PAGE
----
To start, stone pillars don't glow.
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Old Sep 7, 2012, 02:25 AM   #60
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How exactly is this wrong? The dark details are shown clearly and nothing is washed out due to brightness.
I don't think that this was the scene that a human eye was seeing. That's why it's not good HDR. Correct me if I am wrong but HDR's primary objective is to bypass the limited dynamic range of a camera compared to the human eye/brain and to create a picture as close as the scene perceived from the human eye/brain. Not to create something different and possibly flashy.
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Old Sep 7, 2012, 07:17 AM   #61
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This recent post in the August POTD thread is my idea of what good HDR should be. Click below for image.

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Originally Posted by appie57 View Post
Although I dislike most of the times HDR pics, this doesn't mean it has no application or can be helpful at times. To practice, I took this church interior as a subject for a HDR exercise. After several try outs, I choose a 9 image HDR composite, steps of 0.3 EV, processed with NIK HDR Efex Pro 2.0 and fine-tuned with Aperture and other plugins, but no perspective correction.
Image
Laurenskerk, Rotterdam.
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Old Sep 7, 2012, 07:20 AM   #62
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Originally Posted by Blackberryroid View Post
I like the HDR photography thing on the iPhone. And when I presented this HDR idea to the photographers, they hated it with disgust.



Personally, I think HDR is great for colors and details. I like lens flares too because it looks artistic.

I can't believe they rejected the idea of HDR. But since they're experts, I'm am sure I'm missing something.

What am I missing? Is HDR horrible for you or is it not? What about lens flares?
I always make sure to HDR my Instagram photos, tell them that
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Old Sep 7, 2012, 07:52 AM   #63
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I always make sure to HDR my Instagram photos, tell them that
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Old Sep 7, 2012, 08:22 AM   #64
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Personally I like the whole HDR thing. If done properly, it can produce some really vibrant images which is very nice. Whenever I try to do it, it produces some rather forgettable images that should never see the light of day. Whenever I get around to learning how to do it properly, I'll probably use it more often. But, I've seen some really great HDR pics so I think it's a great thing.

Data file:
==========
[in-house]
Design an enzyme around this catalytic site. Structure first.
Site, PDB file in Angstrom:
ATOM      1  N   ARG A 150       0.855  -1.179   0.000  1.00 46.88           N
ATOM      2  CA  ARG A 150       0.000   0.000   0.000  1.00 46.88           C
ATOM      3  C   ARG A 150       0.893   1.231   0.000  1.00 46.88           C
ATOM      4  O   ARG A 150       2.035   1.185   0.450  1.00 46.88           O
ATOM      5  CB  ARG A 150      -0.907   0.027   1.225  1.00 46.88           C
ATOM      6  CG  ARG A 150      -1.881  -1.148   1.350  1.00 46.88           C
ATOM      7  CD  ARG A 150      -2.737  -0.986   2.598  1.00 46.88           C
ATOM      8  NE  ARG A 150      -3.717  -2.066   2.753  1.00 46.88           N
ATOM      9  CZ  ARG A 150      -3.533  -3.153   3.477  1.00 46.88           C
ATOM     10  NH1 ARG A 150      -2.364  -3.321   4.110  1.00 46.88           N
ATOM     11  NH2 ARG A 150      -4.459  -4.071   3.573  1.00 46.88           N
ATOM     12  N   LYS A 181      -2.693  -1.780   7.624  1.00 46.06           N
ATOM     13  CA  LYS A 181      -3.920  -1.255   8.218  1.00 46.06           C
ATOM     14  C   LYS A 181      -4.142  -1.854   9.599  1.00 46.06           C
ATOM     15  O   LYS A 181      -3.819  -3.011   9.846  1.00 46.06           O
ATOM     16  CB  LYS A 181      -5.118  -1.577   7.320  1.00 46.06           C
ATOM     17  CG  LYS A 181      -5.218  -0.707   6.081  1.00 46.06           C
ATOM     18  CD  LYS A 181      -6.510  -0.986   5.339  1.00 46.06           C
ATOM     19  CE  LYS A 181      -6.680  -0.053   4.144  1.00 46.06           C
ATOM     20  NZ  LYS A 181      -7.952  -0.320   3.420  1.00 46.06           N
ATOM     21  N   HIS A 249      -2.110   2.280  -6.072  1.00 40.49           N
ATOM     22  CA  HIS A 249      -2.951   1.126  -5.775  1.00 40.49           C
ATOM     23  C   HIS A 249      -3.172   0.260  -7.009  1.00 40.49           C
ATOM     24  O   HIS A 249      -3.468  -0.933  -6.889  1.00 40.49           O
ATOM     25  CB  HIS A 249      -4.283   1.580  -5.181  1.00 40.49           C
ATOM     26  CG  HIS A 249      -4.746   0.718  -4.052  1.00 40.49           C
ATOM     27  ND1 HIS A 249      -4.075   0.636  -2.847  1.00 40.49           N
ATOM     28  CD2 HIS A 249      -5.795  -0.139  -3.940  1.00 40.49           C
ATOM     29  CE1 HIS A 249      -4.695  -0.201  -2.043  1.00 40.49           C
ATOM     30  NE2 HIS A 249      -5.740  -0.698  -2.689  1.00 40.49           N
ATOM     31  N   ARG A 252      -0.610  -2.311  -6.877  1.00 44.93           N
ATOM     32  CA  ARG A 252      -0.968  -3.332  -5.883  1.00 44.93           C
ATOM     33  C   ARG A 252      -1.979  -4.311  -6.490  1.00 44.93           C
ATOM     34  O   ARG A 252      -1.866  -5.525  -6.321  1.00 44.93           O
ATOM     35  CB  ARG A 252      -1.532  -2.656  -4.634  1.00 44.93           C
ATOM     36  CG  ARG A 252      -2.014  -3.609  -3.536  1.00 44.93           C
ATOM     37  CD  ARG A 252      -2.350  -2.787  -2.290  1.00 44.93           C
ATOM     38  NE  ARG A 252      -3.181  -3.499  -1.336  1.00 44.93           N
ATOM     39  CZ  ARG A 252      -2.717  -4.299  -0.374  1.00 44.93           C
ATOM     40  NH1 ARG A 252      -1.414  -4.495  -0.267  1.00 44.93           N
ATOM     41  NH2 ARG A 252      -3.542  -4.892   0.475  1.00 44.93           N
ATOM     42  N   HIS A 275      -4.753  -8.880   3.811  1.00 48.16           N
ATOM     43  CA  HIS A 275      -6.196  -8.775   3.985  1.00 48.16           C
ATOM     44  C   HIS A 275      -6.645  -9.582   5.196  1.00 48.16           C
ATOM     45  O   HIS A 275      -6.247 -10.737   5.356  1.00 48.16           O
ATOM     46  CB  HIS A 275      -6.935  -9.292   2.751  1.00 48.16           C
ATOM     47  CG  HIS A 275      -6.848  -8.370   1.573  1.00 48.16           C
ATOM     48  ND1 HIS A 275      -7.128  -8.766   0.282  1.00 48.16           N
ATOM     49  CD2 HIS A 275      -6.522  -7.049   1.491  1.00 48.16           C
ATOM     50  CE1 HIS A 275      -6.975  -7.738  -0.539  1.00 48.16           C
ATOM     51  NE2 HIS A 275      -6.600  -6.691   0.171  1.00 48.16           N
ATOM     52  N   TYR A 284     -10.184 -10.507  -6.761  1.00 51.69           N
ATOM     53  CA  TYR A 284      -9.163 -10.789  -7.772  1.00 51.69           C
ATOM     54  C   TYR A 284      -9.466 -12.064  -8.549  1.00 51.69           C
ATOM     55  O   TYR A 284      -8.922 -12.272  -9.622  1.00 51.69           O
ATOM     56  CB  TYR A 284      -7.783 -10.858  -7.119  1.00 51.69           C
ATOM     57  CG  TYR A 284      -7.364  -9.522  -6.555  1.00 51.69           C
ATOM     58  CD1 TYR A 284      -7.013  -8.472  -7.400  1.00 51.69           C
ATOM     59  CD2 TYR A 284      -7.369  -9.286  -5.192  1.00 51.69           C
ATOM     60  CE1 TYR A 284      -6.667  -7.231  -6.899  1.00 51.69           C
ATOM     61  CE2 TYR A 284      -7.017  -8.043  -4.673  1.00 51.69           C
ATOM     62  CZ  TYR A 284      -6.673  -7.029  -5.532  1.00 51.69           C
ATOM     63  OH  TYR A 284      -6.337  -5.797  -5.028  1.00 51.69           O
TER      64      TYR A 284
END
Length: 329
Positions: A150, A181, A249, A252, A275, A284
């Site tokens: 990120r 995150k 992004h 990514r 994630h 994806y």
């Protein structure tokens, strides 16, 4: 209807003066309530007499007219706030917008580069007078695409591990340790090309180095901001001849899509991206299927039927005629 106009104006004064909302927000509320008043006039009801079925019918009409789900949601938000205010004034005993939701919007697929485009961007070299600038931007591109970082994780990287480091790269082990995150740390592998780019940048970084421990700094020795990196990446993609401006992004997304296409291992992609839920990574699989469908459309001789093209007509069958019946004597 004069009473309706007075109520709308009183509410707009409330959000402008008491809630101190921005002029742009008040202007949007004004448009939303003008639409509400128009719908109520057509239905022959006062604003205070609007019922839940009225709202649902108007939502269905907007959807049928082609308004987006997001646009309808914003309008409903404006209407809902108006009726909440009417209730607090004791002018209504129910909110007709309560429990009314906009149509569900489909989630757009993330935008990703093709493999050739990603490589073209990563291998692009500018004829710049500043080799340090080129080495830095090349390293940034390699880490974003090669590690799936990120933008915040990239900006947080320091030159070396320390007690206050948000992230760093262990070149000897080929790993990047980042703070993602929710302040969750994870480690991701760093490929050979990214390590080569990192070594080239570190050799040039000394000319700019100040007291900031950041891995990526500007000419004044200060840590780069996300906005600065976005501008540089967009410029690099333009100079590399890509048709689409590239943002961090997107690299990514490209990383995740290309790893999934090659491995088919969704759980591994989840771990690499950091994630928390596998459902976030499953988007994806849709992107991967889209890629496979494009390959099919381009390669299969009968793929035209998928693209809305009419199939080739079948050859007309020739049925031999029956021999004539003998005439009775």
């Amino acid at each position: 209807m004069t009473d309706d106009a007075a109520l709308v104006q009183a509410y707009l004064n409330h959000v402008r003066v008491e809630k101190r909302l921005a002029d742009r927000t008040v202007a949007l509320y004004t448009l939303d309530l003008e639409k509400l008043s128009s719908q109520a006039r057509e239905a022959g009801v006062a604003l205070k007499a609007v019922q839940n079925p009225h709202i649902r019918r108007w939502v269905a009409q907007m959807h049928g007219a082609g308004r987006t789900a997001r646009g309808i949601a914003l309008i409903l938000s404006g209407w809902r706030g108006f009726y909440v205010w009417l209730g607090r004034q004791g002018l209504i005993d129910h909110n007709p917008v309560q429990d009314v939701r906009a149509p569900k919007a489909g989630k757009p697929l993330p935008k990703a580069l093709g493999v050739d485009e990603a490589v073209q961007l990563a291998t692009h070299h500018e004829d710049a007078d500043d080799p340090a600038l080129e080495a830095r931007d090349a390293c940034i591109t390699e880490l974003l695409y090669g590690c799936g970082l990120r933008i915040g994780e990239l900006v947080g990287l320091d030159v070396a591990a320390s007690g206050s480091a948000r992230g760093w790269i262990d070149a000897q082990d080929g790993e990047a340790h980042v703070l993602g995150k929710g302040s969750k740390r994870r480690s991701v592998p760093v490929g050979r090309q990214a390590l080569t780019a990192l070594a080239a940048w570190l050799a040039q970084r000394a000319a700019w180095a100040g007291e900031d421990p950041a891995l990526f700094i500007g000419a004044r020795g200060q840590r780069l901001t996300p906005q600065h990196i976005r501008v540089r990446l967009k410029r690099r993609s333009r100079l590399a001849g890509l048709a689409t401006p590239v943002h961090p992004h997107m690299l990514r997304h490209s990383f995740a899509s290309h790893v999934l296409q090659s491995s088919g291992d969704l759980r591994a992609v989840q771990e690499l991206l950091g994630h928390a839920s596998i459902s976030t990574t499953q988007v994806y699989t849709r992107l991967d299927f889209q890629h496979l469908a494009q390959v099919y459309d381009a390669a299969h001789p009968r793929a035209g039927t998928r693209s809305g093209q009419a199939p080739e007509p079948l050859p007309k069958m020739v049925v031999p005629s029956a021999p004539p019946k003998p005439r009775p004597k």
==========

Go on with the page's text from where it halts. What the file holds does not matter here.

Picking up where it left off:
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Old Sep 7, 2012, 08:50 AM   #65
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When you switch on HDR mode, the camera (be it iPhone / a point-or-shoot, or a DSLR) takes several pictures of the scene / subject using different exposures (opening of the lens) and then overlay them one on top of another to get the final picture. It works best with if the scene you are shooting has dark shadows and / or bright colors.

If you learn how to use this technique, you can definitely click some amazing shots.
Saying that you hate it is like saying depth-of-field is useless since you don't know how to use it.
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Old Sep 7, 2012, 08:58 AM   #66
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Time and a place for HDR. Generally speaking I've found it very good for dramatic landscapes, but also very easy to push a bit too far.....

Examples im pleased with:

Image
Waxham Breakwater by simbojono, on Flickr

Image
Iceland in HDR by simbojono, on Flickr

But for some things its just not so good......

Image
glade 2012 HDR dance off by simbojono, on Flickr

Image
Untitled_HDR7 by simbojono, on Flickr
Not trying to be harsh, even in the examples you put as you prefer are pushing it too far. The second one has a dull and botched sky and the picture seems fudgy, and the first one has the highlights all blown-out.

But the last two are definitely examples of what people think HDR is, and why it has gotten a bad rep by some.

HDR should be subtle, unlike any of those photos.
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Old Sep 7, 2012, 09:30 AM   #67
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Not trying to be harsh, even in the examples you put as you prefer are pushing it too far. The second one has a dull and botched sky and the picture seems fudgy, and the first one has the highlights all blown-out.

But the last two are definitely examples of what people think HDR is, and why it has gotten a bad rep by some.